updated 10:30 am EST, Wed February 13, 2008
BlackBerry Home Server
Research in Motion and its partners have used the Mobile World Congress show to unwrap a pair of key updates for its BlackBerry smartphones, including its first "push" e-mail service for the home. Known as a Unite Server, the feature turns an always-on computer at home into a conduit for RIM's signature e-mail service. Instead of connecting directly to RIM's master servers, a phone speaks to the user's own computer. Running the service can potentially improve access to mail for personal users and serves as a drop-off point for important e-mail besides the phone itself. The Unite Server also helps manage music, photos, and videos transferred to the BlackBerry, RIM says.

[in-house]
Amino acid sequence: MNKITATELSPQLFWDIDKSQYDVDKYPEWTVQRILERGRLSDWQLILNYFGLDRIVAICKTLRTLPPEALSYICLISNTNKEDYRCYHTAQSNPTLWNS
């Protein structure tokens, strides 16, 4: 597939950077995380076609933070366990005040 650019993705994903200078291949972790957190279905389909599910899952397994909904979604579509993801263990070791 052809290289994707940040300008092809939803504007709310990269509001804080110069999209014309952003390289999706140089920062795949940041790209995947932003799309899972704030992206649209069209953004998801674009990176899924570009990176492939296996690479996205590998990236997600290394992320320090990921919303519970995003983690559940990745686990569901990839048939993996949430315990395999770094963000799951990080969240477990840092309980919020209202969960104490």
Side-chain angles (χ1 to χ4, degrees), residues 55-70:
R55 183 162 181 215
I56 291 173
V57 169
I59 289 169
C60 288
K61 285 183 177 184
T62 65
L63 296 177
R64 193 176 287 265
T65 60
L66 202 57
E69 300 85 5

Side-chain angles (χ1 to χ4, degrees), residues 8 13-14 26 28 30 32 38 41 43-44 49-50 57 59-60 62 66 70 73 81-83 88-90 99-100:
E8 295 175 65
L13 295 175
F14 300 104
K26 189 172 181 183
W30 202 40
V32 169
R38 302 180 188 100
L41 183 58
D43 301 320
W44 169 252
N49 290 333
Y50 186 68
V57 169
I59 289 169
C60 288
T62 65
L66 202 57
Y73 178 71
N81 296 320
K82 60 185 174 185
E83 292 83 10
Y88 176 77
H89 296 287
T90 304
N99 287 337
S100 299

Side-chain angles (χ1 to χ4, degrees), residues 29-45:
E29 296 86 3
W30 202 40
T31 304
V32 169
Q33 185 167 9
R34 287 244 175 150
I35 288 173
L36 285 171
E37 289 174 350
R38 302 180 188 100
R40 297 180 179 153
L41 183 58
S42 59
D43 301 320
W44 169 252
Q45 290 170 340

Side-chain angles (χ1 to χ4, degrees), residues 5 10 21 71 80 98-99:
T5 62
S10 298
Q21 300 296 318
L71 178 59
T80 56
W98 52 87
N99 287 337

The service launches first with Spain through subscribers to Telefonica's BlackBerry plans. Unite Servers should also be available from providers in Germany and other countries throughout the year, though North American plans if any are currently unavailable.
Simultaneously, Alcatel-Lucent today announced with RIM that it has developed a solution that should let BlackBerry owners choose prepaid service while still having access to BlackBerry mail. The feature would track the volume of mail in real-time and charge accordingly; this would let owners roaming outside of their home countries or only occasional users receive "push" mail without the same costs as a full-fledged subscriber. Neither Alcatel-Lucent nor RIM has said when they expect prepaid service to be available, though the feature is largely dependent on individual carriers.